Consumers today are smart. They have shorter attention spans, and they are fed up with ‘in-your-face’ advertising.
They don’t just want to know what you have to sell, they also want to know why you’re selling and how you can help them.
And that is where content marketing can help.
According to various studies, content marketing produces 3 times more leads per dollar spent.
Not only it is more effective, but it also costs 62% cheaper than any other outbound marketing channel.
Most importantly, unlike paid advertisements, consumers love them. 70% of consumers prefer knowing a company through content than through ads.
With a high ROI and low cost, it’s no wonder that even the old giants like Nike and Coca-Cola have their own blogs.
So what is content marketing?
“Content marketing is a technique of creating and distributing relevant and valuable content to attract, acquire, and engage a clearly defined and understood target audience- with the objective of driving profitable customer action.”
This means that you as a business needs to start considering putting content out to connect with your market.
And if you are already publishing content, you need to care about the quality of content that you are putting out.
Part 1: What is Content?
In content marketing, any kind of media (both online or offline) can be considered as content.
Content can be found in the pages of a book or a short video from YouTube.
When we think of content, do we mean books, newspapers, magazine articles, blog posts, and reports?
Not exactly. You see, thanks to the internet our content is no longer just words on paper or images on the screen.
Nowadays, not only do we have content in the form of images, graphs, infographics, and charts. We now also have videos, podcasts, and apps that are interactive for the consumer.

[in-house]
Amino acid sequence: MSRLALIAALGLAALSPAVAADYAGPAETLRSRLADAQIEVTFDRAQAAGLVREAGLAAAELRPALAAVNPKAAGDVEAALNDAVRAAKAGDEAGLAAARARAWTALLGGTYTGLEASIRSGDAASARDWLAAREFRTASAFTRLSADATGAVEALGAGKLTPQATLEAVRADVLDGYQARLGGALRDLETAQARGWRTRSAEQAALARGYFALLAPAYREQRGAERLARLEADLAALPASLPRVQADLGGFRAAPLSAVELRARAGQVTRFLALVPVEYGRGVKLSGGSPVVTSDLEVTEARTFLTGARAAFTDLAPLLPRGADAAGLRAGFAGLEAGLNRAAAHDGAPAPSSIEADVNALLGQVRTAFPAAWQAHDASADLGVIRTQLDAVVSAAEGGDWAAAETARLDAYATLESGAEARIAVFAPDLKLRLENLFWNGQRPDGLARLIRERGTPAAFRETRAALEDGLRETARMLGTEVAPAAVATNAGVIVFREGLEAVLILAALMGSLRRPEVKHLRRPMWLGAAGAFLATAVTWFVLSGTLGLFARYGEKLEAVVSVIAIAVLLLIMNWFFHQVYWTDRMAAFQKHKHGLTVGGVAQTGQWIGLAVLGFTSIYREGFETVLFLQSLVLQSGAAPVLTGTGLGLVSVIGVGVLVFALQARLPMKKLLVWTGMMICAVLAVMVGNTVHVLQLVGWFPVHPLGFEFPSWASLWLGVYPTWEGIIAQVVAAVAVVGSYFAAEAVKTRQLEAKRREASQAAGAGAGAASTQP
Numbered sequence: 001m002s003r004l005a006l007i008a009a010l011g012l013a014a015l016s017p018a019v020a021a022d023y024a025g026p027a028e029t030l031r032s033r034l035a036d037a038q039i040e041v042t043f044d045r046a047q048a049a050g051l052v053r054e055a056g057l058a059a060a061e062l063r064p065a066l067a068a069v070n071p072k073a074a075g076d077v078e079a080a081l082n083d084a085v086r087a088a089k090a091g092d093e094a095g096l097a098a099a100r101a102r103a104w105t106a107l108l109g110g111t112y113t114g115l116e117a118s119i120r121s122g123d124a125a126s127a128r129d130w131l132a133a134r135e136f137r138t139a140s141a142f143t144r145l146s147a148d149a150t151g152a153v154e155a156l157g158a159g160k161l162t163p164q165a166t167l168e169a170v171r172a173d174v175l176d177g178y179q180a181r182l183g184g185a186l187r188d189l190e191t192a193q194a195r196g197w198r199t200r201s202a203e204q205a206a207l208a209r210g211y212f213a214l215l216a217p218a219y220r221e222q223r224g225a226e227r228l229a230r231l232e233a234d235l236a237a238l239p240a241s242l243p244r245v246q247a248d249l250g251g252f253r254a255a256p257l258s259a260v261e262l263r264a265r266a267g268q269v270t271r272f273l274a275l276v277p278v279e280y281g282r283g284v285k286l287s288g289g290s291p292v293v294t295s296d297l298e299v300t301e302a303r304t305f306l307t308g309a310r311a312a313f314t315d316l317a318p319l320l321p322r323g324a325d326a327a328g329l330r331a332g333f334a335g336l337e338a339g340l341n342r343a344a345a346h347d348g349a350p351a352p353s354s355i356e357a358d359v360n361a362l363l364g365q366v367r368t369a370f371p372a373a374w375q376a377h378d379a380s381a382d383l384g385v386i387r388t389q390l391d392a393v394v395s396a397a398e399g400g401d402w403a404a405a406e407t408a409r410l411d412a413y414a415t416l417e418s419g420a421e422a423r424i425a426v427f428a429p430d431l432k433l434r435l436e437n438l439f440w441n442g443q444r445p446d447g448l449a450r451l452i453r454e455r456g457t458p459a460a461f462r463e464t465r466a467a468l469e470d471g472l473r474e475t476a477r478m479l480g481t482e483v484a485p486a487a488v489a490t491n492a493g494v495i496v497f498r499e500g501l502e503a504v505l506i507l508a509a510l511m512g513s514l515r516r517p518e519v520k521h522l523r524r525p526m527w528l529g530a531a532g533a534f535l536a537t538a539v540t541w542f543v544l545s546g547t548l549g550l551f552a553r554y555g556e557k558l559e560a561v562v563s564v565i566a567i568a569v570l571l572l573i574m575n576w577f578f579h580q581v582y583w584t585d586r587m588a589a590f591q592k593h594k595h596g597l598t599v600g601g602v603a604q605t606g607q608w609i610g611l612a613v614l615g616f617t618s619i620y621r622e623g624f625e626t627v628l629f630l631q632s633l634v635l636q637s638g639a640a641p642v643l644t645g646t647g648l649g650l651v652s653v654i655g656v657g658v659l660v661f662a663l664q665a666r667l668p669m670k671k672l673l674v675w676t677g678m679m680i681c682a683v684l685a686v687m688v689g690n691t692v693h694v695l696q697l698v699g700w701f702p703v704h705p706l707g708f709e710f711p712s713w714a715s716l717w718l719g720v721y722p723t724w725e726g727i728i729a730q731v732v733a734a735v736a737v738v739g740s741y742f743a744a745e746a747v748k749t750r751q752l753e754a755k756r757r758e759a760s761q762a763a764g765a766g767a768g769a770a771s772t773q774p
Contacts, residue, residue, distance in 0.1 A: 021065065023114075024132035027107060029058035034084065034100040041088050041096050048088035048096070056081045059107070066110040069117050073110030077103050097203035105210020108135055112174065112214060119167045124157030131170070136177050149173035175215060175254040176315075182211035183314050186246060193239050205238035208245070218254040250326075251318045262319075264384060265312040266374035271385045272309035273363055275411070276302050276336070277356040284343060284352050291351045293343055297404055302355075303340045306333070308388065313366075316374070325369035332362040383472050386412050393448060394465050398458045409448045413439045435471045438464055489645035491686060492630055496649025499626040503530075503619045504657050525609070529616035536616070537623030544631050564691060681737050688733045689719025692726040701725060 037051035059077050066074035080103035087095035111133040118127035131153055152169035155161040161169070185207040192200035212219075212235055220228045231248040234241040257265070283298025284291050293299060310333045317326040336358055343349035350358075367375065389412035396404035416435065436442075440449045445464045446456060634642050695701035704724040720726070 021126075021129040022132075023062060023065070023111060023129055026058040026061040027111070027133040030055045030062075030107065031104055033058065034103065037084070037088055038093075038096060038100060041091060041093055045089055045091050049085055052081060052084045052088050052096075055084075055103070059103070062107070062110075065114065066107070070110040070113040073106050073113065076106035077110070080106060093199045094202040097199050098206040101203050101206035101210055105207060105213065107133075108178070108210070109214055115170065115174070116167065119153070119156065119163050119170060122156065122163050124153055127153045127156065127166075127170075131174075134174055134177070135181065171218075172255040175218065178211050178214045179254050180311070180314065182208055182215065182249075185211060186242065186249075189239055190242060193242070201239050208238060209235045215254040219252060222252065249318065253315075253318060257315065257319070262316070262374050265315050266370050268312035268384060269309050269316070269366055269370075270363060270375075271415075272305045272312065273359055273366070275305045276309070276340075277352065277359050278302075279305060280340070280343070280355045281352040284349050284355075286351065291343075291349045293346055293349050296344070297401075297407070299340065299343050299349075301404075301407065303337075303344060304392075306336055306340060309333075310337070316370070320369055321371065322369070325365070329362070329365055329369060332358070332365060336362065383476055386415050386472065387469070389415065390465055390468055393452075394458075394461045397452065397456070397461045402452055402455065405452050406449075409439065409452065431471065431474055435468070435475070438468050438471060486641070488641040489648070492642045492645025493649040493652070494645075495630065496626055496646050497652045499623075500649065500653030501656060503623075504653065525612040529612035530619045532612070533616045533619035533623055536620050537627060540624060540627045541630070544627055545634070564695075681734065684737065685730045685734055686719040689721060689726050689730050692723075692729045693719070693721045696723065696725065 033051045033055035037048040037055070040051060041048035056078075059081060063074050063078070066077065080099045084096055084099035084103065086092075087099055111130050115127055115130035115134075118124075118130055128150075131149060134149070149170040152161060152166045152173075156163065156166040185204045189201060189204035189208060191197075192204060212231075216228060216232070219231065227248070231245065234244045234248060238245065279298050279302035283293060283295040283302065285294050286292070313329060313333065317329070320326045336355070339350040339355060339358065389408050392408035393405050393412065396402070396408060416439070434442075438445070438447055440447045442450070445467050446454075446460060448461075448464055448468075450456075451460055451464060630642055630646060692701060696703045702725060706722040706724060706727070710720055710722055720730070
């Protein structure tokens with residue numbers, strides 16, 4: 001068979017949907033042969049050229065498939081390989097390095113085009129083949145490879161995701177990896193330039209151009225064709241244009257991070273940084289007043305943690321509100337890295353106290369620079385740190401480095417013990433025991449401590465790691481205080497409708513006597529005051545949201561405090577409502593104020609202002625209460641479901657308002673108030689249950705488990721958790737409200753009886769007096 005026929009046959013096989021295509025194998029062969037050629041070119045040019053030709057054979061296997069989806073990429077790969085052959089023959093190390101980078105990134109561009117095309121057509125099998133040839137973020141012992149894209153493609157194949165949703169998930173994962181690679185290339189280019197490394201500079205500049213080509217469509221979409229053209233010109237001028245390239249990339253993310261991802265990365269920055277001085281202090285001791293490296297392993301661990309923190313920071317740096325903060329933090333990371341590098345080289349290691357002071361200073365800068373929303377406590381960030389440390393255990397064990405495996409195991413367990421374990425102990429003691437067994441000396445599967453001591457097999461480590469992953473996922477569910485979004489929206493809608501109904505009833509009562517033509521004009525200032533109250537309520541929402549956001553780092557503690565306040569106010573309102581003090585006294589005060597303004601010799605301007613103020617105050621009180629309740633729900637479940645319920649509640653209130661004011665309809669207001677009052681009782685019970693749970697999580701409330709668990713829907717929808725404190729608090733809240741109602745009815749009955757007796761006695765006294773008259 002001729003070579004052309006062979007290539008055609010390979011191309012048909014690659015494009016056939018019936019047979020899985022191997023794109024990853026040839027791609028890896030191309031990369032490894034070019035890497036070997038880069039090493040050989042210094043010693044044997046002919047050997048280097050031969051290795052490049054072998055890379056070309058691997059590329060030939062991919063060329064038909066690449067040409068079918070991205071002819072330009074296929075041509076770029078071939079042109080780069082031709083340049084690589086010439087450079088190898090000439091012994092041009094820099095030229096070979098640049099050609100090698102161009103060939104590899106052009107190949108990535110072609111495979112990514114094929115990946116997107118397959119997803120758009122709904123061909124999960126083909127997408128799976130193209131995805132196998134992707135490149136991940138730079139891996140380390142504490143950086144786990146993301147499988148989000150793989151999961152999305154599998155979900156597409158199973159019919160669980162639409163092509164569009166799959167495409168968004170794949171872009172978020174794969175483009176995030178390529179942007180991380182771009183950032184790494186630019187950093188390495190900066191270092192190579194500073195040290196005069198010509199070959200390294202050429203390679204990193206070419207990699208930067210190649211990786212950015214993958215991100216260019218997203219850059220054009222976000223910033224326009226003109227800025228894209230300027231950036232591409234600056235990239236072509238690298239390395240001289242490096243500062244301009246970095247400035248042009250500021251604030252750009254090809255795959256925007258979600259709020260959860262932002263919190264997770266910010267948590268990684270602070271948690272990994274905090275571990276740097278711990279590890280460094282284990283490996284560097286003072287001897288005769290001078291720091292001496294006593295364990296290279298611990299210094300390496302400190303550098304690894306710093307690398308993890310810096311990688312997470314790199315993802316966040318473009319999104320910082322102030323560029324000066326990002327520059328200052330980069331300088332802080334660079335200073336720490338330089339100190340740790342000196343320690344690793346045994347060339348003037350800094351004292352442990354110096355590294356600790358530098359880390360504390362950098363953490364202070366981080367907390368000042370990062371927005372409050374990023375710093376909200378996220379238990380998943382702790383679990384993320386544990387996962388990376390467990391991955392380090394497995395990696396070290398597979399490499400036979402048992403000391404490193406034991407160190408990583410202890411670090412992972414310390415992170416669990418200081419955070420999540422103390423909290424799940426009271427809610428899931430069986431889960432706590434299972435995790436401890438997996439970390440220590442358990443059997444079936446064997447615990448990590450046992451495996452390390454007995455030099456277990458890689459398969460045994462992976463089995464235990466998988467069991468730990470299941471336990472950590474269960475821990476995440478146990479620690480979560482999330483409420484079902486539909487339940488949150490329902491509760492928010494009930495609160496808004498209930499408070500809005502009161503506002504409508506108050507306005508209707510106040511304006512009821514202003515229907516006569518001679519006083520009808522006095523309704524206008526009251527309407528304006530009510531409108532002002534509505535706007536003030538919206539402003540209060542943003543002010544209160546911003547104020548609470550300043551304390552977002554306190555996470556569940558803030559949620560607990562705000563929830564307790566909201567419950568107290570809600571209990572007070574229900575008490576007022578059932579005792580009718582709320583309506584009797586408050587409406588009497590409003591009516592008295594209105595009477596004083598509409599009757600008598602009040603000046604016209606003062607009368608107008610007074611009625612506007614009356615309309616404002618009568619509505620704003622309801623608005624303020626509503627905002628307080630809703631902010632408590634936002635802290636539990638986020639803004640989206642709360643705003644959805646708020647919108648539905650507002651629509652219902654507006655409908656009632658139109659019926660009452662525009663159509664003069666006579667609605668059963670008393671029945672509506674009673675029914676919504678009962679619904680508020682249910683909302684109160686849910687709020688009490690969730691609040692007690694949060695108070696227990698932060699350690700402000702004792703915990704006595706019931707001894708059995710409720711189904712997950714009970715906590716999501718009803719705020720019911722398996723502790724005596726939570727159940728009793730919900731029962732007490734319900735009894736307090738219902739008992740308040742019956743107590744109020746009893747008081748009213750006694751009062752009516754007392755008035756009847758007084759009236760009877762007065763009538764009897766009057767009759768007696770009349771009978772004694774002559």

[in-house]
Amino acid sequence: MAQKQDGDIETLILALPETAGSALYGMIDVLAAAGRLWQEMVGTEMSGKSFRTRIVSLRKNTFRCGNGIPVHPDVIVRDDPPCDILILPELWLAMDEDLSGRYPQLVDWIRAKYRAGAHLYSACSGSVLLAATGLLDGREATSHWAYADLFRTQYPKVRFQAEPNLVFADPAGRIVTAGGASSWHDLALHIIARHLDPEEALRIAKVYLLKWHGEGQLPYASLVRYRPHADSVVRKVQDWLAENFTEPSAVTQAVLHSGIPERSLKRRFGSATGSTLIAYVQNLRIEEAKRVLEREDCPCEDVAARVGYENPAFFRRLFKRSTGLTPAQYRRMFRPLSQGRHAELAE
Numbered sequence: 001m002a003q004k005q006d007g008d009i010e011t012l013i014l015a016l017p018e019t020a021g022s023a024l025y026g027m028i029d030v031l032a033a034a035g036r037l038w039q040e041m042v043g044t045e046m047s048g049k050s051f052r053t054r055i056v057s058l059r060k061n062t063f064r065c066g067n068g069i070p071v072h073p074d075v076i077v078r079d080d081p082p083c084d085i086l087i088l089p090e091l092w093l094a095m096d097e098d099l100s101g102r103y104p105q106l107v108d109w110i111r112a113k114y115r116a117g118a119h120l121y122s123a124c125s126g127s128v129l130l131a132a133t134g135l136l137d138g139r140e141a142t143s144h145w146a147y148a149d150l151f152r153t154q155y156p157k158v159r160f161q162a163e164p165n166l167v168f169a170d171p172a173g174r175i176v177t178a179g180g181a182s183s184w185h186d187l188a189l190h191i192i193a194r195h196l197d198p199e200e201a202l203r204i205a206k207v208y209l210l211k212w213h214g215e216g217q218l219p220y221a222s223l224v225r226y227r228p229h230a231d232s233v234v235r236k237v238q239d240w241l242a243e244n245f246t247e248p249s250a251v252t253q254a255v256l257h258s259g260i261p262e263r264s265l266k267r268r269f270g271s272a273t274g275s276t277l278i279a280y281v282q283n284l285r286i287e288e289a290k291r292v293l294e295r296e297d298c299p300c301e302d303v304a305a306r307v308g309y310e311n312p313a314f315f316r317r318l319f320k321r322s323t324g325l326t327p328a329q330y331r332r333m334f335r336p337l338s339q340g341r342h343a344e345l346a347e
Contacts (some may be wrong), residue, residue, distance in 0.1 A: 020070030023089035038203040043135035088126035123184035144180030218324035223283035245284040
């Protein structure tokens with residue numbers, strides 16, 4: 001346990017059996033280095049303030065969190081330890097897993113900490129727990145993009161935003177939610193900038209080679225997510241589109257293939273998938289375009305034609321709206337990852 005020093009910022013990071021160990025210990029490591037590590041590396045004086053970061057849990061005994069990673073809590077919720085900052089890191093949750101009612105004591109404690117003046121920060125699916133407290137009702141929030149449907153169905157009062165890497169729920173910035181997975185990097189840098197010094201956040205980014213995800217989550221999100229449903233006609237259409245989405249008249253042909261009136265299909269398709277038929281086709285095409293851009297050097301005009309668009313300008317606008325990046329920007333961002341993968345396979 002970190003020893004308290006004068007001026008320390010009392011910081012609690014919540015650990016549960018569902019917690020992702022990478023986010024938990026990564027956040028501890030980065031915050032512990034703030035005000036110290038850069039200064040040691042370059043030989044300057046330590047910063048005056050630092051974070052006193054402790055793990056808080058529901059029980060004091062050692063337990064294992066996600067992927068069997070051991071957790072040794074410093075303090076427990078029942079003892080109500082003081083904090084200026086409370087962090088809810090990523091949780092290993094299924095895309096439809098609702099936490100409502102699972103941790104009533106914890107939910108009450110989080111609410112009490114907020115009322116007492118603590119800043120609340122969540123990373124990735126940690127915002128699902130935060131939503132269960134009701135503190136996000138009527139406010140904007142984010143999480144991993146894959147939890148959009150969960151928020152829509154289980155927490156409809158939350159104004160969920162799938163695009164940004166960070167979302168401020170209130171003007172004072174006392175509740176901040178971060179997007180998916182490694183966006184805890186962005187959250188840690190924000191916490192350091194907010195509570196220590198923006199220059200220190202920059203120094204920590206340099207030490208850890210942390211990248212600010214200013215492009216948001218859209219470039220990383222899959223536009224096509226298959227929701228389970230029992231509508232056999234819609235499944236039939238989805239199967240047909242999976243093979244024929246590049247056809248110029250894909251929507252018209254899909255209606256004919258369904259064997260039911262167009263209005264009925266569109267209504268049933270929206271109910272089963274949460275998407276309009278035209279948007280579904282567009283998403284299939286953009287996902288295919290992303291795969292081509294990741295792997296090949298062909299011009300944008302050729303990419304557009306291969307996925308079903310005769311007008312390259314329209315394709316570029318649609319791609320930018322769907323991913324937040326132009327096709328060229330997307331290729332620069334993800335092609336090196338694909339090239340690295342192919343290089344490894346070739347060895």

Social media posts on Facebook and Instagram, tweets on Twitter are also content. Any kind of media distributed digitally on the Internet is content.
Unlike traditional marketing materials (billboards, print ads, TV spots), content is not promotional.
This right here is the underlying key difference between both forms of marketing. And it’s crucial to understand this difference if you want to succeed in content marketing.
Content marketing is so effective in today’s world because it doesn’t bombard the consumer’s senses like an overplayed TV ad or radio jingle.
Your content should inform, entertain, help and engage your customers and/or answer all your customer's questions.
The long-term game plan is to forge a long lasting relationship with your customer.
So that when the customers need what you are offering they will remember your content, and they will automatically think of you first.
Powerful benefits of Content Marketing
It is cheap and easy to create
Content marketing can work within any budget.
For any small start-up, creating a compelling blog and publishing blog posts is an easy and affordable job that can cost little to no money.
And if you’re a large megacorporation with millions of dollars, you can invest more into content marketing along with SMO (Social Media Optimisation) to create a genuinely formidable online presence.
The lower overheads to run a content marketing campaign means that content marketing is very scalable and complements well with your other marketing efforts.
The variable cost of content marketing is just one example of how flexible content marketing is.
There’s just so many different ways you can use content marketing to reach your audience.
And let’s not forget the number of ways you can leverage these content for your business’ benefit too.
Not only can content marketing generating sales, but it can also be an invaluable tool for generating future leads, fostering trust and even for opening a dialog for other purposes (such as gathering feedback or seeking funding).
It Focuses on Relationships and Narrative
If you really want to reach an audience and encourage them to take action, then you need to appeal to them on an emotional level.
And this is where the magic of content marketing really shines!
Furthermore, content builds trust, it creates relationships, and it gives your business a personality.
You can design your reputation from the ground up, creating a 'voice' for your business and ultimately convey a much more powerful message.
Now, you’re not just a faceless entity, but a human organisation run by people just like everybody.
This is a fantastic strategy for those with their eye on the long-term aiming to build long-term relationships with their customers and clients.
It's Not Showing Signs of Slowing Down
Content marketing is highly popular right now, but it's only going to gain momentum in the coming years.
The number of people carrying smart devices 24/7 is growing day to day. Today we have over 2 billion smartphone owners.
Also, new social platforms are continuously providing new opportunities for marketers to capitalise.